Substituting (2.30) in (2.3), the increments of the arithmetic sequences y j and y k , i.e., Δy j and Δy k , are respectively

$\Delta {y}_{j}=-\frac{2}{n}-\frac{2j-1}{{n}^{2}}\phantom{\rule{1em}{0ex}}\phantom{\rule{1em}{0ex}}\left(j=0,1,2,\dots ,k\right),$
(2.34)
$\Delta {y}_{k}=-\frac{2}{n}-\frac{2k-1}{{n}^{2}}\phantom{\rule{1em}{0ex}}\phantom{\rule{1em}{0ex}}\left(k=0,1,2,\dots ,n\right).$
(2.35)

Thus, the antisymmetric double increment of the arithmetic sequence (2.31) and (2.32) is

$\frac{1}{2}\left(\Delta {x}_{k}\Delta {y}_{j}-\Delta {y}_{k}\Delta {x}_{j}\right)=\frac{k-j}{{n}^{3}}\phantom{\rule{1em}{0ex}}\phantom{\rule{1em}{0ex}}\left(j=1,2,\dots ,k\right),\left(k=1,2,\dots ,n\right).$
(2.36)

The double dependent sums of (2.36) for j = 1,2, . . . , k and k = 1,2,. . . , n is

$\begin{array}{cc}\hfill \frac{1}{2}\sum _{k=1}^{n}\sum _{j=1}^{k}\left(\Delta {x}_{k}\Delta {y}_{j}-\Delta {y}_{k}\Delta {x}_{j}\right)& =\frac{1}{{n}^{3}}\sum _{k=1}^{n}\sum _{j=1}^{k}\left(k-j\right)\hfill \\ =\frac{1}{6}\left(1-\frac{1}{{n}^{2}}\right).\hfill \end{array}$
(2.37)

As n → ∞ in (2.37), we obtain

$\begin{array}{cc}\hfill \frac{1}{2}\underset{n\to \infty }{lim}\sum _{k=1}^{n}\sum _{j=1}^{k}\left(\Delta {x}_{k}\Delta {y}_{j}-\Delta {y}_{k}\Delta {x}_{j}\right)& =\frac{1}{6}\underset{n\to \infty }{lim}\left(1-\frac{1}{{n}^{2}}\right)\hfill \\ =\frac{1}{6}.\hfill \end{array}$
(2.38)
1. 2.

Integration by the geometric sequence (The second kind of solution)

The geometric sequences x j and x k are respectively

${x}_{j}={2}^{\frac{j}{n}}\phantom{\rule{1em}{0ex}}\phantom{\rule{1em}{0ex}}\left(j=0,1,2,\dots ,k\right),$
(2.39)
${x}_{k}={2}^{\frac{k}{n}}\phantom{\rule{1em}{0ex}}\phantom{\rule{1em}{0ex}}\left(k=0,1,2,\dots ,n\right).$
(2.40)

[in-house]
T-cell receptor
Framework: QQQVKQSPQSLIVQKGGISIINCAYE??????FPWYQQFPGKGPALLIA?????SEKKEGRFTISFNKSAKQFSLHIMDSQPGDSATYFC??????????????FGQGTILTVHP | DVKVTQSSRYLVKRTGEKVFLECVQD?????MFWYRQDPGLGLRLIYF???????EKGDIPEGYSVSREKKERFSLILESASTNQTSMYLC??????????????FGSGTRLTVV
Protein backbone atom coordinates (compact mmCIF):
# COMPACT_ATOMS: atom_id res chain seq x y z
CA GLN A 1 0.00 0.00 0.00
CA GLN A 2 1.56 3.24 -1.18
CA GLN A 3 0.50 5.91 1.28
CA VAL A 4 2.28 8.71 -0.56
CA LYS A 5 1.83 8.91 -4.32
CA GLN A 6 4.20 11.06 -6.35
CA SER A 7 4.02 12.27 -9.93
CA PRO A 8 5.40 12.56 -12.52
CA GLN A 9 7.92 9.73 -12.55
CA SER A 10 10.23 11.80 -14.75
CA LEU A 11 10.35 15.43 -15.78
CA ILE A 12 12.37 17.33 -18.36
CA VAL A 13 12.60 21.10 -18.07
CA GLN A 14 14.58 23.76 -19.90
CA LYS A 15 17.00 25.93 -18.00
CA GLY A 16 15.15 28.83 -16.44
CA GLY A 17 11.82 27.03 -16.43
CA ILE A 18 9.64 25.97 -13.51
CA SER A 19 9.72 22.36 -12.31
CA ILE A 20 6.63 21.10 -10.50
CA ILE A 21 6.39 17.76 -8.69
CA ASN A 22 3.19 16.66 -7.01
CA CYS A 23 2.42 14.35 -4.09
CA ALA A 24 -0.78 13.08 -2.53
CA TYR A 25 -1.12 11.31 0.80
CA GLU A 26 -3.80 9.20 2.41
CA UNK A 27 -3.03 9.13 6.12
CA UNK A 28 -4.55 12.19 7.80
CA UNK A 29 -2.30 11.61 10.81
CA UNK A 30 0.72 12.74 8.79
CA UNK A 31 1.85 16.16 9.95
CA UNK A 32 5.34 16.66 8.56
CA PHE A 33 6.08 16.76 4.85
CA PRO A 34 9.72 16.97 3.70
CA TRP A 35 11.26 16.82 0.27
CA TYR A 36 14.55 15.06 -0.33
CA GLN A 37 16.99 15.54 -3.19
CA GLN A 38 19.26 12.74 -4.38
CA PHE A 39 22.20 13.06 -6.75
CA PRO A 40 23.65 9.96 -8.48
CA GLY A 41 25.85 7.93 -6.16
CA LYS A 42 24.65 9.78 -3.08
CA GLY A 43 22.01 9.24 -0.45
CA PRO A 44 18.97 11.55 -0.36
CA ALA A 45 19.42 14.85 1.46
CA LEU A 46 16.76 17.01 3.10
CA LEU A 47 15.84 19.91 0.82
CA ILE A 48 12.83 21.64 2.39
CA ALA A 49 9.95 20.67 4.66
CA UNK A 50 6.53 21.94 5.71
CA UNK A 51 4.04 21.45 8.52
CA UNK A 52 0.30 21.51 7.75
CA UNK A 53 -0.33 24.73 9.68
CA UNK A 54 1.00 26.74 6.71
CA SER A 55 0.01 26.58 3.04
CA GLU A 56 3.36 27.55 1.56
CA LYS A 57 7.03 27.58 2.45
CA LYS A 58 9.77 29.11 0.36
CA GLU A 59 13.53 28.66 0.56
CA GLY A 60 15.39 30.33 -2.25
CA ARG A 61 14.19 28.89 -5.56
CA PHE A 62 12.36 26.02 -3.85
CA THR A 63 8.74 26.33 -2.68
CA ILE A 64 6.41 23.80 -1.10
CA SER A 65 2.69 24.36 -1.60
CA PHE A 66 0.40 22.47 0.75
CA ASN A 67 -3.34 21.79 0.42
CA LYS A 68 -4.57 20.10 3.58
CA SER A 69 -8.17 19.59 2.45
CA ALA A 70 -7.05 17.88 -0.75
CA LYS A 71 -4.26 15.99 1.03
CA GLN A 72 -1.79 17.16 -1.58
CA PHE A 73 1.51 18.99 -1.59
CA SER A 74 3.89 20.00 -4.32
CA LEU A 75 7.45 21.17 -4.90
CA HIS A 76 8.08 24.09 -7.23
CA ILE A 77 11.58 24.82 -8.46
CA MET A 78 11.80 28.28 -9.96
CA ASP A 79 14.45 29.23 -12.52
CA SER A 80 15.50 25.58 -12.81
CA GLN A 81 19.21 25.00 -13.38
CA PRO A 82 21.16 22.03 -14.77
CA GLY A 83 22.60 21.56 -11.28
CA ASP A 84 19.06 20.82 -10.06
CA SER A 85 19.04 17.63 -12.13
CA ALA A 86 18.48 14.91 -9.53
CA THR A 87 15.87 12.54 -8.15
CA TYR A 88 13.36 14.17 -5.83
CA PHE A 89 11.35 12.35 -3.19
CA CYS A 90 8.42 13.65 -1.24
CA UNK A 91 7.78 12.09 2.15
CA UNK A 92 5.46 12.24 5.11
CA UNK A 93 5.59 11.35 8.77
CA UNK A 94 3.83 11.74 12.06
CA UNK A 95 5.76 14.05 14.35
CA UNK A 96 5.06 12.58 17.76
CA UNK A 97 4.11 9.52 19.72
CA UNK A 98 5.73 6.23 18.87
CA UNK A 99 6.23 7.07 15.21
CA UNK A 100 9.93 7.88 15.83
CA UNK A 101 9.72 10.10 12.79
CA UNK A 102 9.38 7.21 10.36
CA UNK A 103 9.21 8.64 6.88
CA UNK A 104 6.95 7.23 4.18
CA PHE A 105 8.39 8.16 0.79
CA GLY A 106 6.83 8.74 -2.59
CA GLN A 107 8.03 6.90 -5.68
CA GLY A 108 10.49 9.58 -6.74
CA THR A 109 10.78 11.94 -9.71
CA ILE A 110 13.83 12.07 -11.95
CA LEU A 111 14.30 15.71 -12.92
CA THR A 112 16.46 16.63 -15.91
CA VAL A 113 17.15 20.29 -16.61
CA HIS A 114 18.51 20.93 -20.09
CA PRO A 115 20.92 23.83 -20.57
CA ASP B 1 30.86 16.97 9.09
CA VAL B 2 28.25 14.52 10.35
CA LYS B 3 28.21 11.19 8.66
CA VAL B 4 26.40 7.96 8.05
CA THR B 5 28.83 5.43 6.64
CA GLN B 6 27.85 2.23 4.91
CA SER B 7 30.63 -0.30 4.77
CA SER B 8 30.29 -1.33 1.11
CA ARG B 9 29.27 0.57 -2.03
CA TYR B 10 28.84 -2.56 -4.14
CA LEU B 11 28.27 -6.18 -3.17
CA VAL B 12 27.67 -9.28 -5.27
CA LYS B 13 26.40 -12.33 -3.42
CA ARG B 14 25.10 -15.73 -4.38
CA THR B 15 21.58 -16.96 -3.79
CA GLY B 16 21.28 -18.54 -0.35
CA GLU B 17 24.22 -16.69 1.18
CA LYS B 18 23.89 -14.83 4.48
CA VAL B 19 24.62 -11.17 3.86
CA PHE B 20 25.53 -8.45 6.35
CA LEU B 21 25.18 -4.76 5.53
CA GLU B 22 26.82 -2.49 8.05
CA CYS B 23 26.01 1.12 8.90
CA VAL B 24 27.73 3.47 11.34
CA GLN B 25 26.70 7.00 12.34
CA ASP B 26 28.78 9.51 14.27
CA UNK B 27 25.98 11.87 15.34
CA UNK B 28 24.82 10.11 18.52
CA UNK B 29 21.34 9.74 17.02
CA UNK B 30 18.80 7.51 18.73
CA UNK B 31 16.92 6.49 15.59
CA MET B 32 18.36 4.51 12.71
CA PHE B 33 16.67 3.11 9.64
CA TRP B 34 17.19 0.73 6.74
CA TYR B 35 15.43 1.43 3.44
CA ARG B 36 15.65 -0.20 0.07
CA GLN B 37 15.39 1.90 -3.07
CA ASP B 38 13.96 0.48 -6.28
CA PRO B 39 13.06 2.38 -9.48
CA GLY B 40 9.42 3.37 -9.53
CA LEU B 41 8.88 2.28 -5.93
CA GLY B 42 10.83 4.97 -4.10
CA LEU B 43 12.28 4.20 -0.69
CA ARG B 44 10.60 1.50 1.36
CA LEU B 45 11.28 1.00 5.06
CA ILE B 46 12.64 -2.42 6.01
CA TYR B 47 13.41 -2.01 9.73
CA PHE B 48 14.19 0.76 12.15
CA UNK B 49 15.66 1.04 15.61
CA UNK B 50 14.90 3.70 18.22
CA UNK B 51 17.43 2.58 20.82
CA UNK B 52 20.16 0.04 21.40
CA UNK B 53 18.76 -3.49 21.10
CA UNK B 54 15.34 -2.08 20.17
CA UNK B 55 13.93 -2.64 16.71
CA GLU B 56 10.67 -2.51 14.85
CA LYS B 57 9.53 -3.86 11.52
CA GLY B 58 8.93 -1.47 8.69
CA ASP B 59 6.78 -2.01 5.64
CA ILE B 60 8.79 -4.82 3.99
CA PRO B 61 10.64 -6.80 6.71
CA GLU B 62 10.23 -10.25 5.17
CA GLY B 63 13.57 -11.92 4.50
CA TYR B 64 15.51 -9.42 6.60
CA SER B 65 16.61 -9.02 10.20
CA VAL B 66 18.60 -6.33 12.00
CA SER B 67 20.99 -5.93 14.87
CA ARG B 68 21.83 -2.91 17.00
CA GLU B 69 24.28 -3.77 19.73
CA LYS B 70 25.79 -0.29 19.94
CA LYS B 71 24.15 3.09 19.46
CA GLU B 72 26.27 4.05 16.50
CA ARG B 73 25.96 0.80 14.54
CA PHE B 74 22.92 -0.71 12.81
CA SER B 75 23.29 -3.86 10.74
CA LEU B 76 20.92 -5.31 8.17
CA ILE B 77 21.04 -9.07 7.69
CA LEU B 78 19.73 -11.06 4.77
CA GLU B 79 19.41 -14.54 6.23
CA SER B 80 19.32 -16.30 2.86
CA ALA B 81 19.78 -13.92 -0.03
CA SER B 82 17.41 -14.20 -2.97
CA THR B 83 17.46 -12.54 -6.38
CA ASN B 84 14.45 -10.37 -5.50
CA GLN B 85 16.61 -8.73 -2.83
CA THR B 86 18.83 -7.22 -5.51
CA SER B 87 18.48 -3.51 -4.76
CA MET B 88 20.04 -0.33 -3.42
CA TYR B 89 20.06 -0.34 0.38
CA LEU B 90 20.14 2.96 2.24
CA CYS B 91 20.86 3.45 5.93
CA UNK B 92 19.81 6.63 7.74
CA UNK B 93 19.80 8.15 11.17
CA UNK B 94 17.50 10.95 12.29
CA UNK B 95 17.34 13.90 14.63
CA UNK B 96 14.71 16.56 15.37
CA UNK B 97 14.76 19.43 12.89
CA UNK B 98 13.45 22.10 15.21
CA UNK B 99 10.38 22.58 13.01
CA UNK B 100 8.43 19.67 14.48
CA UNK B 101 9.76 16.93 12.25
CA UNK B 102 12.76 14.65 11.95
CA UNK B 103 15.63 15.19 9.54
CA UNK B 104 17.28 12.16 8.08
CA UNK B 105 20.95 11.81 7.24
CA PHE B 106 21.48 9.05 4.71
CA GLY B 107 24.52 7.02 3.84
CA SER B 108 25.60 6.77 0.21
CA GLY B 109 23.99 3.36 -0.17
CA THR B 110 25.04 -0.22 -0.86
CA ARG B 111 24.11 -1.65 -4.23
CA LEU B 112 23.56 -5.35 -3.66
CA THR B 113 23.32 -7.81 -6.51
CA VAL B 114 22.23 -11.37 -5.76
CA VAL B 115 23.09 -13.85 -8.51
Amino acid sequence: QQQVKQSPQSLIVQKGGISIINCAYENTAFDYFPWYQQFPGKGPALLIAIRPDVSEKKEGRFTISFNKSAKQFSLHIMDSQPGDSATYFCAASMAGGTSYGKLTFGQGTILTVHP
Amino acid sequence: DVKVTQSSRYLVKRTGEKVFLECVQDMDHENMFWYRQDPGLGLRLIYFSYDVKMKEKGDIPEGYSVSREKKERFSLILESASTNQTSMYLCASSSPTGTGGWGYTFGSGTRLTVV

The increments of the geometric sequences x j , x k , y j and y k , i.e., Δx j , Δx k , Δy j and Δy k , are respectively

$\Delta {x}_{j}={2}^{\frac{j}{n}}\left(1-{2}^{-\frac{1}{n}}\right)\phantom{\rule{1em}{0ex}}\phantom{\rule{1em}{0ex}}\left(j=0,1,2,\dots ,k\right),$
(2.41)
$\Delta {y}_{j}={2}^{\frac{2j}{n}}\left({2}^{-\frac{2}{n}}-1\right)\phantom{\rule{1em}{0ex}}\phantom{\rule{1em}{0ex}}\left(j=0,1,2,\dots ,k\right),$
(2.42)
$\Delta {x}_{k}={2}^{\frac{k}{n}}\left(1-{2}^{-\frac{1}{n}}\right)\phantom{\rule{1em}{0ex}}\phantom{\rule{1em}{0ex}}\left(k=0,1,2,\dots ,n\right),$
(2.43)
$\Delta {y}_{k}={2}^{\frac{2k}{n}}\left({2}^{-\frac{2}{n}}-1\right)\phantom{\rule{1em}{0ex}}\phantom{\rule{1em}{0ex}}\left(k=0,1,2,\dots ,n\right).$
(2.44)

Thus, the antisymmetric double increment of the geometric sequence (2.39) and (2.40) is

$\frac{1}{2}\left(\Delta {x}_{k}\Delta {y}_{j}-\Delta {y}_{k}\Delta {x}_{j}\right)=\frac{1}{2}\left(1-{2}^{-\frac{1}{n}}\right)\left({2}^{-\frac{2}{n}}-1\right)\left({2}^{\frac{k}{n}}{2}^{\frac{2j}{n}}-{2}^{\frac{2k}{n}}{2}^{\frac{j}{n}}\right)\phantom{\rule{1em}{0ex}}\phantom{\rule{1em}{0ex}}\left(j=1,2,\dots ,k\right),\left(k=1,2,\dots ,n\right).$
(2.45)

The double dependent sums of (2.45) for j = 1,2, . . . , k and k = 1, 2, . . . , n is

$\frac{1}{2}\sum _{k=1}^{n}\sum _{j=1}^{k}\left(\Delta {x}_{k}\Delta {y}_{j}-\Delta {y}_{k}\Delta {x}_{j}\right)=\frac{1}{2}\sum _{k=1}^{n}\sum _{j=1}^{k}\left(1-{2}^{-\frac{1}{n}}\right)\left({2}^{-\frac{2}{n}}-1\right)\left({2}^{\frac{k}{n}}{2}^{\frac{2j}{n}}-{2}^{\frac{2k}{n}}{2}^{\frac{j}{n}}\right).$